Promising new OVC research on Gene Sequencing

lindaprocopio
lindaprocopio Member Posts: 1,980
edited March 2014 in Ovarian Cancer #1
OncoMap Gene Sequencing Finds 50 Mutations in Ovarian Tumors
Elsevier Global Medical News. 2010 Nov 16, J Smith


Mutational analysis using a Sequenom-based technique of ovarian cancer samples has unveiled more mutations than were previously known, and could become part of a personalized standard of care for these difficult-to-treat cancers, according to investigators.

Dr. Ursula Matulonis of Dana-Farber Cancer Institute and Harvard Medical School, both in Boston, plans to elaborate on the findings Nov. 17 at the 22nd EORTC-NCI-AACR Symposium on Molecular Targets and Cancer Therapeutics in Berlin.

For their research, Dr. Matulonis and her colleagues subjected samples from high-grade serous ovarian cancers (stage III or IV) without known BRCA mutations to the technique, which is called OncoMap.

OncoMap uses spectronomic gene sequencing to identify more than 1,100 mutations on 114 oncogenes. It works using fresh-frozen or formalin-fixed paraffin embedded (FFPE) tissue samples; Dr. Matulonis' team used FFPE samples only.

The team, testing 203 samples with OncoMap, found mutations of 50 genes in total. Some mutations were in genes previously identified in ovarian cancer, including KRAS, CTNNB1, and PIK3CA. Others were not previously known to occur in this disease, but, importantly, are potential drug targets with existing agents.

"It's not like HER2 in breast cancer where that is found in about 30% of breast cancers - we found many mutations in the ovarian cancer samples and they were infrequent," Dr. Matulonis said in a telephone interview prior to the conference; she noted, however, that OncoMap identified KRAS and PIK3CA mutations as the most common, occurring in about 25% of tumors, and "that was reassuring," as it was in line with expectations.

While many of the additional mutations were found in lower frequency, "we can still increase treatment options, as we get smarter with drugs," said Dr. Matulonis, medical director of gynecologic oncology at Dana-Farber,

She said she has already referred ovarian cancer patients to clinical trials based on OncoMap results and hopes to refer more for personalized drug treatments. For example, XL147 and GDC-0941, novel inhibitors of P13 kinase mutations, are in clinical trials; ovarian cancer patients with these mutations could be enrolled in those trials. Similarly, if an ovarian cancer were shown to exhibit an ALK alteration, the patient could be treated with a drug that targets that protein.

Dr. Matulonis' team is now using OncoMap on all new ovarian cancers, including nonserous cancers, diagnosed at Dana-Farber, and she predicted the test will become standard in clinical practice within 6 months to a year.

The investigators disclosed funding for the study from Madeline Franchi Ovarian Cancer Research Fund, twoAM Fund and the Sally Cooke Ovarian Cancer Research Fund.

Comments

  • kikiz
    kikiz Member Posts: 94
    I am never sure if I
    I am never sure if I understand all the medical lingo, but it sounds to me like this is a step away from one size fits all Chemo to Custom made.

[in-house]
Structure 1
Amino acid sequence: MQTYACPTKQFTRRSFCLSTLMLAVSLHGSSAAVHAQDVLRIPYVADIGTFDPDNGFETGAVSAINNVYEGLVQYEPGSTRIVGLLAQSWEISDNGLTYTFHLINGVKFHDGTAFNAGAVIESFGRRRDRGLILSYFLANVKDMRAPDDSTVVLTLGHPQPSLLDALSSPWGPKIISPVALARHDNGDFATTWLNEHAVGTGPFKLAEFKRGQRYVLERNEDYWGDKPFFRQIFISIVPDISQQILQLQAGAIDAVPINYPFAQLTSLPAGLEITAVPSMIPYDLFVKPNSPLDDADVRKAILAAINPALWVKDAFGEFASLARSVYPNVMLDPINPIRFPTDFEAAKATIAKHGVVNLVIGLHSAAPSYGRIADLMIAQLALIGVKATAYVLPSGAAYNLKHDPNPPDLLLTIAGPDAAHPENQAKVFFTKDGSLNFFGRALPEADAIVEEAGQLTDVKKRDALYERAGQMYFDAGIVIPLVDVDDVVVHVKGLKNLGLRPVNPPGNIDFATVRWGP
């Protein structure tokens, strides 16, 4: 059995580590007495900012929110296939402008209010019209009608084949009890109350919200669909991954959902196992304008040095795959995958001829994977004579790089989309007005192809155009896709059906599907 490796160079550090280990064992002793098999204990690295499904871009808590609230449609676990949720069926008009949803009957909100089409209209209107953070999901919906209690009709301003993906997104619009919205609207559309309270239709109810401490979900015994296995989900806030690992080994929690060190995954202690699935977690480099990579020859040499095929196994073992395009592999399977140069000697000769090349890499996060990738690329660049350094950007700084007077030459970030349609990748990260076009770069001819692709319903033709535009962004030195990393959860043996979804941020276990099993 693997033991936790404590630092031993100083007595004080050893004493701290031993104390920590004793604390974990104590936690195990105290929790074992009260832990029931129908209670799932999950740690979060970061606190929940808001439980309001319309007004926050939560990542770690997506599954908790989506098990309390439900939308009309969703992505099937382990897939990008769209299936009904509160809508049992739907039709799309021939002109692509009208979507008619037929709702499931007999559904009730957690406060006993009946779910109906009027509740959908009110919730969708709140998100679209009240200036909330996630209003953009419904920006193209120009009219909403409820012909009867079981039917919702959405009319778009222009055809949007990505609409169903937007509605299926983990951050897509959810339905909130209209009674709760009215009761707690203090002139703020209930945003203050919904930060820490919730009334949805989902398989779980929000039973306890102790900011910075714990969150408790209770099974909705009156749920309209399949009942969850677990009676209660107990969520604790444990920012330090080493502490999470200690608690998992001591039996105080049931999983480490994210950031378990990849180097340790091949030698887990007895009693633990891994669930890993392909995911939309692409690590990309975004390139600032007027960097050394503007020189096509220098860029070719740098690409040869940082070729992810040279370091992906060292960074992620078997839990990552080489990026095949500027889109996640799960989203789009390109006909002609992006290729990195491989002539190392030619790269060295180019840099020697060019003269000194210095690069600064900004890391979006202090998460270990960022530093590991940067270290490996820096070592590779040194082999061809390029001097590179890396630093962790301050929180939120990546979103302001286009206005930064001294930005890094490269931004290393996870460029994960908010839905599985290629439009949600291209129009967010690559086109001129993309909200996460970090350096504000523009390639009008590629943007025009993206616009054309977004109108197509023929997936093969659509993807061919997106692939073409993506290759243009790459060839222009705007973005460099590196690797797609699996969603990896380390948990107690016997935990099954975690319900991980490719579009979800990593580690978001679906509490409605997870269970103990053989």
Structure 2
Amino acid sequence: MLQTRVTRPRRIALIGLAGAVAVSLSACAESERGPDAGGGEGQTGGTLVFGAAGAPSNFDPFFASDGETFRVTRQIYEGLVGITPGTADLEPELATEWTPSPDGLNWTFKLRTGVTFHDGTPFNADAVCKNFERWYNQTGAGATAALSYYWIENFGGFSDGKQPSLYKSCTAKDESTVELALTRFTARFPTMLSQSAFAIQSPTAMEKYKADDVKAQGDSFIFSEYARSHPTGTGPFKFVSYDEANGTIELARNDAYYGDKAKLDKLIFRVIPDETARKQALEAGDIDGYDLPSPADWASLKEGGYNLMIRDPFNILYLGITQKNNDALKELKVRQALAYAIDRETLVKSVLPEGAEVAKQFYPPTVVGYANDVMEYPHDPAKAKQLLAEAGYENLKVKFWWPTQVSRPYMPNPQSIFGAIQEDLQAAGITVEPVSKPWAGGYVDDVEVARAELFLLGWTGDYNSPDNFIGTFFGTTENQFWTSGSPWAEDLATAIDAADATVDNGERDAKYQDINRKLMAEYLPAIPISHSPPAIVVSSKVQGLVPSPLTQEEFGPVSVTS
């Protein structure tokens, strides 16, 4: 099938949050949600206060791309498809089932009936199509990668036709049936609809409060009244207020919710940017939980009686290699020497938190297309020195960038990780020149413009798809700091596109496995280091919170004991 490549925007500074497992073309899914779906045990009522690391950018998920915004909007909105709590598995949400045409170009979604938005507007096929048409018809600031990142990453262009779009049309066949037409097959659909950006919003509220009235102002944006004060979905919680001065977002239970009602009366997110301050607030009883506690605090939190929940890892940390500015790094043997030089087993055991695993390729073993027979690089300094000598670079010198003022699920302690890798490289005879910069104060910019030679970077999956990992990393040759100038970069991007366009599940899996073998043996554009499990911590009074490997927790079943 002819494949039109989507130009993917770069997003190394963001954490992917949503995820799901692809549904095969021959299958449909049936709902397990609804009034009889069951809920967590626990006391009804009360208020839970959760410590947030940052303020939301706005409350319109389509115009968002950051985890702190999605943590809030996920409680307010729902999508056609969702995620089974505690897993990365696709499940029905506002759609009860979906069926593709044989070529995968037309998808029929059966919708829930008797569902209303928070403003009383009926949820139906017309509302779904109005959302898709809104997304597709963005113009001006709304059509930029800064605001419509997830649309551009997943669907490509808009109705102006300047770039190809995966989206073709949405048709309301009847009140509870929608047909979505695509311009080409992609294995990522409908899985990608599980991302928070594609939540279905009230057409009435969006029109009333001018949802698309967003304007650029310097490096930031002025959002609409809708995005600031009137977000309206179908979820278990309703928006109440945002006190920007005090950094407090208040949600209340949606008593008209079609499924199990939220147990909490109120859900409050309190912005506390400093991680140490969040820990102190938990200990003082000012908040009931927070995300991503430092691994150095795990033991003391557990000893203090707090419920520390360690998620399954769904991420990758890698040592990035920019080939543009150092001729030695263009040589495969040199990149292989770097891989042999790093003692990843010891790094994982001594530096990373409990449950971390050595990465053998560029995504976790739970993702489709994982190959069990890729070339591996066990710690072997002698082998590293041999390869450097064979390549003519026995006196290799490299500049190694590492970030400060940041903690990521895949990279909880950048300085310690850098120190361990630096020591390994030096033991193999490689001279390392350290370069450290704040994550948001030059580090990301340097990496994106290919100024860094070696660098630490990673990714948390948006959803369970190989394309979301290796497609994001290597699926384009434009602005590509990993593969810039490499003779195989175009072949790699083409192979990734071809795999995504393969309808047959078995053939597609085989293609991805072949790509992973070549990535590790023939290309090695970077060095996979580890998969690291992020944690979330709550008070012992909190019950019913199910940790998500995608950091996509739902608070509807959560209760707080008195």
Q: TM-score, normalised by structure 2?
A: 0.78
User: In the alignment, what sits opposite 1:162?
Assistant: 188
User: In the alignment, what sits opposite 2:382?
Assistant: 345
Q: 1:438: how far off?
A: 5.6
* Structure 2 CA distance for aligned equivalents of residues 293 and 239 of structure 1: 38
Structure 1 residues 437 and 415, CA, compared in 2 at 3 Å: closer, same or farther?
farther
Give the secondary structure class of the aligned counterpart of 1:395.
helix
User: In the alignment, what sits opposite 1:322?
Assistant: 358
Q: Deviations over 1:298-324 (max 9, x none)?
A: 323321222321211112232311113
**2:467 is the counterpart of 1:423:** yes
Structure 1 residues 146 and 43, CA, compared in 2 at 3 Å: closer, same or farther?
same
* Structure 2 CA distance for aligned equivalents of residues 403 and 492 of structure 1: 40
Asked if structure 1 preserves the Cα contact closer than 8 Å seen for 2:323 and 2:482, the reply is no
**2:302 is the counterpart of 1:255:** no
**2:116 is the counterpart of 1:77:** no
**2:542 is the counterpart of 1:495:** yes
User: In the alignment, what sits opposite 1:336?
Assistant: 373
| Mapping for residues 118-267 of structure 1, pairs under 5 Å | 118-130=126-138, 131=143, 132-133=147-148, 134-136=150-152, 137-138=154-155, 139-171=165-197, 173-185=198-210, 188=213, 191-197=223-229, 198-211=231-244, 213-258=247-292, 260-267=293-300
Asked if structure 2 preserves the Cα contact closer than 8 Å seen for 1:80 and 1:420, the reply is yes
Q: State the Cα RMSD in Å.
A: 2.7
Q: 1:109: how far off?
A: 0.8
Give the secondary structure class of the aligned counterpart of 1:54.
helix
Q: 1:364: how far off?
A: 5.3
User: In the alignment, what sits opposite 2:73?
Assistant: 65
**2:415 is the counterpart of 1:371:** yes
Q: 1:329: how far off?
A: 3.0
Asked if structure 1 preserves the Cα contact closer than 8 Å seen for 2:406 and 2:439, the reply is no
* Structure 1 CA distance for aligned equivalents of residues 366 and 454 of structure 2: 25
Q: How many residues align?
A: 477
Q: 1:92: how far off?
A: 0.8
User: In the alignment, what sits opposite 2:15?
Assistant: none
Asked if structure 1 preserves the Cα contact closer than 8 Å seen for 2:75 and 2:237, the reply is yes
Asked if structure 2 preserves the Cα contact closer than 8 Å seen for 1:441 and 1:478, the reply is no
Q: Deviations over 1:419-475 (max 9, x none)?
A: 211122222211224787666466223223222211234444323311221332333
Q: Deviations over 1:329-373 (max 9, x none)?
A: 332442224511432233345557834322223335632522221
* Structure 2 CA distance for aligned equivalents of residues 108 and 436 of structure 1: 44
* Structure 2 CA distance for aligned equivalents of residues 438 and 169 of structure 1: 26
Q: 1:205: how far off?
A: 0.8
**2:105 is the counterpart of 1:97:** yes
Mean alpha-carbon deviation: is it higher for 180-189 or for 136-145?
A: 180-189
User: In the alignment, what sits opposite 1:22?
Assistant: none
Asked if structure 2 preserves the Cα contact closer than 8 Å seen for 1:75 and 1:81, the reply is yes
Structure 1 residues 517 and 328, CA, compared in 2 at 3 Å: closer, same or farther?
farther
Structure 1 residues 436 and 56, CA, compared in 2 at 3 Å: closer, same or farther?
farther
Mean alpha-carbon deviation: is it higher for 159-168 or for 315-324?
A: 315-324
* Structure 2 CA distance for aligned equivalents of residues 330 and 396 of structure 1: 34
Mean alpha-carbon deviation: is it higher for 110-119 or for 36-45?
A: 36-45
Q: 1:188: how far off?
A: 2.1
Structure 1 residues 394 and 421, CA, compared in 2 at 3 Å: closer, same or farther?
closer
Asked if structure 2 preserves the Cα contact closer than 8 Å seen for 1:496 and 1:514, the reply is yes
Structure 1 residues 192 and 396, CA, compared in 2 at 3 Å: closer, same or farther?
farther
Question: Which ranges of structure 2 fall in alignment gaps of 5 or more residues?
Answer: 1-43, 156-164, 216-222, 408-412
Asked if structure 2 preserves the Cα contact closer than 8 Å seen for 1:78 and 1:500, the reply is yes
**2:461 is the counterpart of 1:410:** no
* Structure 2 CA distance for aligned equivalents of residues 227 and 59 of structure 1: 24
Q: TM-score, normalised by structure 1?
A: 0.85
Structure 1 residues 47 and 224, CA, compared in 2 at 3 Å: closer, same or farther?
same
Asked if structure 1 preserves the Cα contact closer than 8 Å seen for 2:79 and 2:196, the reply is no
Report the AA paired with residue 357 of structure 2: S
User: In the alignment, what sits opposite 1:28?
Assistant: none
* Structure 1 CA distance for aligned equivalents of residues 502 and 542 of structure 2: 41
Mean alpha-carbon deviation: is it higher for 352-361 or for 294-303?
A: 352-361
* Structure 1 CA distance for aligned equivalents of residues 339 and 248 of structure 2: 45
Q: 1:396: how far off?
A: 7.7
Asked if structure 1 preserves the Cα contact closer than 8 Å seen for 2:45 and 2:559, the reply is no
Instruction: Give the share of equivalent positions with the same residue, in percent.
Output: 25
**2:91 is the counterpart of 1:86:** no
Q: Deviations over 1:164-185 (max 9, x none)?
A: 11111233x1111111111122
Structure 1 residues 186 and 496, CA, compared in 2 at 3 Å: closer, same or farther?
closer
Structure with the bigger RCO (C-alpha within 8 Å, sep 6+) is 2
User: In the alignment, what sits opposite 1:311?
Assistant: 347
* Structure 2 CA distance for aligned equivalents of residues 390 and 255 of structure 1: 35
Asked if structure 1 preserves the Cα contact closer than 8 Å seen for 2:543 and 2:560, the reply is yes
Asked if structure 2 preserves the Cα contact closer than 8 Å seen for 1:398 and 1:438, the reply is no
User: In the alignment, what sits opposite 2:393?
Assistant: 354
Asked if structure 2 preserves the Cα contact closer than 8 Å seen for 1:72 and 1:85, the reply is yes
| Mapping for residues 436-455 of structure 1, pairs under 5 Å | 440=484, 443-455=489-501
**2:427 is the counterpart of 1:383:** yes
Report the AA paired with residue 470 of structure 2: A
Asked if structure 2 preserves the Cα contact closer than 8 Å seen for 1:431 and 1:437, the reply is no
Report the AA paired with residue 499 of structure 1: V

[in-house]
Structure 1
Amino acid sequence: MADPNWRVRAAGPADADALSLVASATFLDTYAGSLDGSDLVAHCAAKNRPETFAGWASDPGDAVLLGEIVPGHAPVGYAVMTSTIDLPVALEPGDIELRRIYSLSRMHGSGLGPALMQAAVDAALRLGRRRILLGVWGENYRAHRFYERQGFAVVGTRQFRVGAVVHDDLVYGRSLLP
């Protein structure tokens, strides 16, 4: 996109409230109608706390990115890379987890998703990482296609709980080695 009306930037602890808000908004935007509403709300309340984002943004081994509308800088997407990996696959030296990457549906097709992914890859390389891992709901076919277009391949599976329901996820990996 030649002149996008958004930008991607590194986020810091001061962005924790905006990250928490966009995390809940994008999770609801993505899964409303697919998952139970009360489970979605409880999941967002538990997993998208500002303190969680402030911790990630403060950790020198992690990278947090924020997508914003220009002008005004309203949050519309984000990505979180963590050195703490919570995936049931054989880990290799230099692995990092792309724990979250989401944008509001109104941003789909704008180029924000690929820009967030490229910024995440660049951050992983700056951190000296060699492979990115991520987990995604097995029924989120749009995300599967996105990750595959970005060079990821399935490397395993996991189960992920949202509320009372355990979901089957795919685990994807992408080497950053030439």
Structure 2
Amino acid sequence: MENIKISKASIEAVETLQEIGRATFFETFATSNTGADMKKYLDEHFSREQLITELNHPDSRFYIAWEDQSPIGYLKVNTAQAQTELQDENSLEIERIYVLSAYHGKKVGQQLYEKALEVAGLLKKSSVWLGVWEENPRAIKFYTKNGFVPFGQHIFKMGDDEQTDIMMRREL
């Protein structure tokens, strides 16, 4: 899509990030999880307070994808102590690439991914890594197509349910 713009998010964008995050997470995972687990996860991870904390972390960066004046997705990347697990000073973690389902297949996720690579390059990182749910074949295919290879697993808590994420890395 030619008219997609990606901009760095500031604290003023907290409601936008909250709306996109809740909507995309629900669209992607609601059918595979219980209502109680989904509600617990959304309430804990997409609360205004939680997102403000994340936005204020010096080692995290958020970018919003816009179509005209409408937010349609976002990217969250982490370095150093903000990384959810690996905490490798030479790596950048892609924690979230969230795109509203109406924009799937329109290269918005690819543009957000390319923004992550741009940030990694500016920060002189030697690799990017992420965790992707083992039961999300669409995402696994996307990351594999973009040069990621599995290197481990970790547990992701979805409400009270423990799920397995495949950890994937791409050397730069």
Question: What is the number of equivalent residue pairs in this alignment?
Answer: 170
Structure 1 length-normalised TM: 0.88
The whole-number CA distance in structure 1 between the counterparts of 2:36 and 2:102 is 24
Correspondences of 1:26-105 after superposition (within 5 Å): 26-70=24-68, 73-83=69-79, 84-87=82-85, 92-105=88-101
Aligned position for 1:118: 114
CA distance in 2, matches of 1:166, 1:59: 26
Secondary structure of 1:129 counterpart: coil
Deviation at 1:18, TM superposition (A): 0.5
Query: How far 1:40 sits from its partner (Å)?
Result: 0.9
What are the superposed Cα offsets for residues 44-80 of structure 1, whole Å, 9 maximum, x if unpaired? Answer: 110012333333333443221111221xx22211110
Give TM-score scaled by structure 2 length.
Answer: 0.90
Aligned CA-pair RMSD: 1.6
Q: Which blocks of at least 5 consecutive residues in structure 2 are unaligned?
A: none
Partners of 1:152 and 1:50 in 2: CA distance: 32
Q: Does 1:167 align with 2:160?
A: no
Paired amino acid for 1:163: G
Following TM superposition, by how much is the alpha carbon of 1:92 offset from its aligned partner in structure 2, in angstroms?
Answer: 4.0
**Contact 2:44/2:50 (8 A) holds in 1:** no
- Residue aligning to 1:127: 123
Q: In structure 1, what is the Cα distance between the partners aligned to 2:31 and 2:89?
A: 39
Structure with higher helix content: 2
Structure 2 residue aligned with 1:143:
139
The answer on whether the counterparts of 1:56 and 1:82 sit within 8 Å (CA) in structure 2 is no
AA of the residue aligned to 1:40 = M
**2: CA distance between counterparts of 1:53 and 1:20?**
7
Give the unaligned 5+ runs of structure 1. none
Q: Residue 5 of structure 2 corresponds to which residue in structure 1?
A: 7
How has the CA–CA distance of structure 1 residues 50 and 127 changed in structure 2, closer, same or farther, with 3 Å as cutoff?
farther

Thanks for keeping an eye on new testing.

    Lori
  • If I Understand
    Good Morning,
    So, if I understand correctly, there are many more tumor mutations for ovarian cancer, then there is for breast cancer, which would explain the fact that many more women survive breast cancer from treatment and early detection. They have less mutations and as a whole more women with breast cancer have the same mutation. So, if you have ovarian cancer, they are trying to determine the mutation type and treat it accordingly. That might explain why we all get the same treatment and some of us respond better then others and also the extent of the cancer. Did I get it right? Deep thinking and very interesting. Thank-You, Paula
  • gdpawel
    gdpawel Member Posts: 523 Member

    If I Understand
    Good Morning,
    So, if I understand correctly, there are many more tumor mutations for ovarian cancer, then there is for breast cancer, which would explain the fact that many more women survive breast cancer from treatment and early detection. They have less mutations and as a whole more women with breast cancer have the same mutation. So, if you have ovarian cancer, they are trying to determine the mutation type and treat it accordingly. That might explain why we all get the same treatment and some of us respond better then others and also the extent of the cancer. Did I get it right? Deep thinking and very interesting. Thank-You, Paula

    Gene Sequencing
    Academics are besides themselves over the promise of gene sequencing. It seems so cool that it simply must be good for something. How about in the area of identifying drugs which will work in individual patients? All DNA or RNA-type tests are based on "population" research (not individuals). They base their predictions on the fact that a higher percentage of people with similar genetic profiles or specific mutations may tend to respond better to certain drugs. This is not really "personalized" medicine, but a refinement of statistical data. The NCI has concluded (J Natl Cancer Inst. March 16, 2010), gene-guided chemotherapy (gene signatures) cannot determine treatment plans for patients. It cannot test sensitivity to any of the targeted therapies. It just tests for "theoretical" candidates for targeted therapy.